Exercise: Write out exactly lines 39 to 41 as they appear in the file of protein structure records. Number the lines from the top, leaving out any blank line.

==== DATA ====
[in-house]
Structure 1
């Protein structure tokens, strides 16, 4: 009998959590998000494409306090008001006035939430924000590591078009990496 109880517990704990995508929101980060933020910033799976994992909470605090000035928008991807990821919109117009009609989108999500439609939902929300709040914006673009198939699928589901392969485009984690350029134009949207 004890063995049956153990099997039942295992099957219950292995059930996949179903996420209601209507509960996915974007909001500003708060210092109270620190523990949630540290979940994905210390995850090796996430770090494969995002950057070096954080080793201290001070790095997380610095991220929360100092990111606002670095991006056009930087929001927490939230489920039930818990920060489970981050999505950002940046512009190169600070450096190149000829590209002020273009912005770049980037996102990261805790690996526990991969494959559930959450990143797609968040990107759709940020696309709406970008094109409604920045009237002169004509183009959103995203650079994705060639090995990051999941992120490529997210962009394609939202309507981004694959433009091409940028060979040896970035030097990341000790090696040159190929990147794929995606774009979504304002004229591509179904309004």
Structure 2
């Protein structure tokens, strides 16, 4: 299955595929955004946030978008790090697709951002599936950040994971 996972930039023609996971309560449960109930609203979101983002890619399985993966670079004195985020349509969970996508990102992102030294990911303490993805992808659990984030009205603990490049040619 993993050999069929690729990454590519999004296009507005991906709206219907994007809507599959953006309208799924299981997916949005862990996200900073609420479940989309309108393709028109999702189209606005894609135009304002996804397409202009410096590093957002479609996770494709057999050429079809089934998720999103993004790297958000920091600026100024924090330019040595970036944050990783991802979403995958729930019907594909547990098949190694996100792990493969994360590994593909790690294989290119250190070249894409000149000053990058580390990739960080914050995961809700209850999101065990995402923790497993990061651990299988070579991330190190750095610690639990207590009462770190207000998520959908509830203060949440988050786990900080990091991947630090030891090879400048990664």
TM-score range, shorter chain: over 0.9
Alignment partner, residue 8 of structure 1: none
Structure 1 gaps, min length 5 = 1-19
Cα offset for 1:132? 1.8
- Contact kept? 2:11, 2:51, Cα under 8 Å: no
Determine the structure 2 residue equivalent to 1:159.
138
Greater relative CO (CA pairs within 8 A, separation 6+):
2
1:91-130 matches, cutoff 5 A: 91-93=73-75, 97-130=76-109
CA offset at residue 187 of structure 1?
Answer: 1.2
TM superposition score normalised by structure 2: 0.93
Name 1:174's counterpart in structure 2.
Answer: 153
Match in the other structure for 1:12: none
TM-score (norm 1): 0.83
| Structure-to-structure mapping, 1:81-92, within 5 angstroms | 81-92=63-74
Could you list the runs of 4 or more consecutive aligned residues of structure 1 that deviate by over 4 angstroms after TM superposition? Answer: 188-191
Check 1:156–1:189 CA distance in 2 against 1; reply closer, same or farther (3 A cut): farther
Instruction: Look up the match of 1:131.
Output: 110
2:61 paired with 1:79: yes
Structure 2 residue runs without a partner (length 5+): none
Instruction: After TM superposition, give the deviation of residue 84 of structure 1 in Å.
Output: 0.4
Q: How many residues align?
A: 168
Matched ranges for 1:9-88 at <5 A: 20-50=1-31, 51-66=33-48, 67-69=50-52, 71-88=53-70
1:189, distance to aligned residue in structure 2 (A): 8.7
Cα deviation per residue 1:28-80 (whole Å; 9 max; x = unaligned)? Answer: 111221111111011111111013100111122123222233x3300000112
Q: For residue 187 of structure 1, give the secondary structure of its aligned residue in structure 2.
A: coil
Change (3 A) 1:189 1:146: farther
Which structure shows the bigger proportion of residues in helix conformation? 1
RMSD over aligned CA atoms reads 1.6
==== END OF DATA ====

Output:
Change (3 A) 1:189 1:146: farther
Which structure shows the bigger proportion of residues in helix conformation? 1
RMSD over aligned CA atoms reads 1.6